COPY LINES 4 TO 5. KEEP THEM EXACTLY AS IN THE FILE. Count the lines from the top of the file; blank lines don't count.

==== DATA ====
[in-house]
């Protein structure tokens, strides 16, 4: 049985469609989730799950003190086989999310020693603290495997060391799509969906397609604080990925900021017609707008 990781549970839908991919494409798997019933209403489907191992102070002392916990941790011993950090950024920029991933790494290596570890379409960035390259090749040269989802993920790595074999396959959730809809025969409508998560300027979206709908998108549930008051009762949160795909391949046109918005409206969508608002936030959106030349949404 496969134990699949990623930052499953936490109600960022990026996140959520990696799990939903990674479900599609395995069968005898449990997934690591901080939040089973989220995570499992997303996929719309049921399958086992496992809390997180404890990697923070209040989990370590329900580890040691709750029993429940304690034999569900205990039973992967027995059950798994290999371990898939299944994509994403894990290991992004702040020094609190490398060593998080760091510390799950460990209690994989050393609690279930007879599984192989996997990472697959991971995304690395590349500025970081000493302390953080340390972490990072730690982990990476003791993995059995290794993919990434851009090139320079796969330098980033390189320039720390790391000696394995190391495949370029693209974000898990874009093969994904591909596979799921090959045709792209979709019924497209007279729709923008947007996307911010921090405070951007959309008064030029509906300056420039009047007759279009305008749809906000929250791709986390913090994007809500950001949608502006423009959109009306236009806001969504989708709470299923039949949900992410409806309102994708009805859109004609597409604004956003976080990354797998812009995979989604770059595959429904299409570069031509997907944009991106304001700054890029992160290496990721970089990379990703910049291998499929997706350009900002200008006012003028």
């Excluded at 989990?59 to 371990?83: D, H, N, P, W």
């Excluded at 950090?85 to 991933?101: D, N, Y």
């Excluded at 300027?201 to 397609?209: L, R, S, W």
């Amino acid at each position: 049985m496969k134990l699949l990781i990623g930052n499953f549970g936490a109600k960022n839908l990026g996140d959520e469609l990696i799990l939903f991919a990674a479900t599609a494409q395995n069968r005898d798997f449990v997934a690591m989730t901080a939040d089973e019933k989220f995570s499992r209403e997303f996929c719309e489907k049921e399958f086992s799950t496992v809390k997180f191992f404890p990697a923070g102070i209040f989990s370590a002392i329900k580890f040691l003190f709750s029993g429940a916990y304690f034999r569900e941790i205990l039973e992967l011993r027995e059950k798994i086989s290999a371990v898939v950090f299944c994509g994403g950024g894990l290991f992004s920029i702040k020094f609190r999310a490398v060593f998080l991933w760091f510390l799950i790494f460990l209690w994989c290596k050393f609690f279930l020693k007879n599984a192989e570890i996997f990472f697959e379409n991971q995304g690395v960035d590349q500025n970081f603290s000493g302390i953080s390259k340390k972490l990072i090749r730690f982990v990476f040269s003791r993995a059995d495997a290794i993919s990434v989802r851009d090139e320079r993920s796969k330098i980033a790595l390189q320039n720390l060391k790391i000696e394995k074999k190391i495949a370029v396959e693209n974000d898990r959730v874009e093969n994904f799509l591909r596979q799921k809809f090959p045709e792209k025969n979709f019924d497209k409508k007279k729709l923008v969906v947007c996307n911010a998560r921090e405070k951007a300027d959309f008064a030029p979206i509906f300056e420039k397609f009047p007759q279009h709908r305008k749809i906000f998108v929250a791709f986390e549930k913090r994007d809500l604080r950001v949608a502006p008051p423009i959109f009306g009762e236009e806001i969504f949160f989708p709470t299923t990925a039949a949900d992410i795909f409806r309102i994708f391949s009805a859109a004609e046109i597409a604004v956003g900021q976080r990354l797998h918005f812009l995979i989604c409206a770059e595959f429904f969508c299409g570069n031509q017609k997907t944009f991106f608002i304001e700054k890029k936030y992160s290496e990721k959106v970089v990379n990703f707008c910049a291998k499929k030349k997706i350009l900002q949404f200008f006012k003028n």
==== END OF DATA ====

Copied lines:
């Excluded at 950090?85 to 991933?101: D, N, Y």
């Excluded at 300027?201 to 397609?209: L, R, S, W």